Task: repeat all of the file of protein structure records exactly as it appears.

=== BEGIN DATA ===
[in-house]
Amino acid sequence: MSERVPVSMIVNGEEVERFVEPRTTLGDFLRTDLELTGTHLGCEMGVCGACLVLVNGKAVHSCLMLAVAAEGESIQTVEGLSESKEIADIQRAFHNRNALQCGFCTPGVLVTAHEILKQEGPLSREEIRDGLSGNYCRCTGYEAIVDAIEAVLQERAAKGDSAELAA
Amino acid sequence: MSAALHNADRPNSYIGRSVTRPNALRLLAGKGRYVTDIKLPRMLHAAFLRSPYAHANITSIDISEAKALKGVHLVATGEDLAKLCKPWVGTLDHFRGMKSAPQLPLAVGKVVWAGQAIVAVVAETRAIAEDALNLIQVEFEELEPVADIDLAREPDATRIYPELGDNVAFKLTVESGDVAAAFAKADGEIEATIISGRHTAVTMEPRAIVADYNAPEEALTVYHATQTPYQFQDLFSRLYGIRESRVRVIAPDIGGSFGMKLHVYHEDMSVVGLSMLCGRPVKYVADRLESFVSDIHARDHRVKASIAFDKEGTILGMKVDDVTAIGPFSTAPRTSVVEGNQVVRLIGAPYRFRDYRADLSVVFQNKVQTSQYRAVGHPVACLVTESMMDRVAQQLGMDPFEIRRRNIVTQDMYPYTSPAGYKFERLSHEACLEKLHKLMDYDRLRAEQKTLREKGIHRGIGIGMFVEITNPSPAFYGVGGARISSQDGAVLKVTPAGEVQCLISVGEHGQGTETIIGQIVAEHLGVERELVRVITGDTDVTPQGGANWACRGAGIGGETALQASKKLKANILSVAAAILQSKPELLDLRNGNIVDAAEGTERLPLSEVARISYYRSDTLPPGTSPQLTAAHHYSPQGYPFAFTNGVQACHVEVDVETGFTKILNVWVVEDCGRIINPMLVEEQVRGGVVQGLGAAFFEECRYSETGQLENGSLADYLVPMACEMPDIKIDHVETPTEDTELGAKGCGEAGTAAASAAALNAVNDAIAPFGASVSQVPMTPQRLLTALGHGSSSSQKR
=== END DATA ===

[in-house]
Amino acid sequence: MSERVPVSMIVNGEEVERFVEPRTTLGDFLRTDLELTGTHLGCEMGVCGACLVLVNGKAVHSCLMLAVAAEGESIQTVEGLSESKEIADIQRAFHNRNALQCGFCTPGVLVTAHEILKQEGPLSREEIRDGLSGNYCRCTGYEAIVDAIEAVLQERAAKGDSAELAA
Amino acid sequence: MSAALHNADRPNSYIGRSVTRPNALRLLAGKGRYVTDIKLPRMLHAAFLRSPYAHANITSIDISEAKALKGVHLVATGEDLAKLCKPWVGTLDHFRGMKSAPQLPLAVGKVVWAGQAIVAVVAETRAIAEDALNLIQVEFEELEPVADIDLAREPDATRIYPELGDNVAFKLTVESGDVAAAFAKADGEIEATIISGRHTAVTMEPRAIVADYNAPEEALTVYHATQTPYQFQDLFSRLYGIRESRVRVIAPDIGGSFGMKLHVYHEDMSVVGLSMLCGRPVKYVADRLESFVSDIHARDHRVKASIAFDKEGTILGMKVDDVTAIGPFSTAPRTSVVEGNQVVRLIGAPYRFRDYRADLSVVFQNKVQTSQYRAVGHPVACLVTESMMDRVAQQLGMDPFEIRRRNIVTQDMYPYTSPAGYKFERLSHEACLEKLHKLMDYDRLRAEQKTLREKGIHRGIGIGMFVEITNPSPAFYGVGGARISSQDGAVLKVTPAGEVQCLISVGEHGQGTETIIGQIVAEHLGVERELVRVITGDTDVTPQGGANWACRGAGIGGETALQASKKLKANILSVAAAILQSKPELLDLRNGNIVDAAEGTERLPLSEVARISYYRSDTLPPGTSPQLTAAHHYSPQGYPFAFTNGVQACHVEVDVETGFTKILNVWVVEDCGRIINPMLVEEQVRGGVVQGLGAAFFEECRYSETGQLENGSLADYLVPMACEMPDIKIDHVETPTEDTELGAKGCGEAGTAAASAAALNAVNDAIAPFGASVSQVPMTPQRLLTALGHGSSSSQKR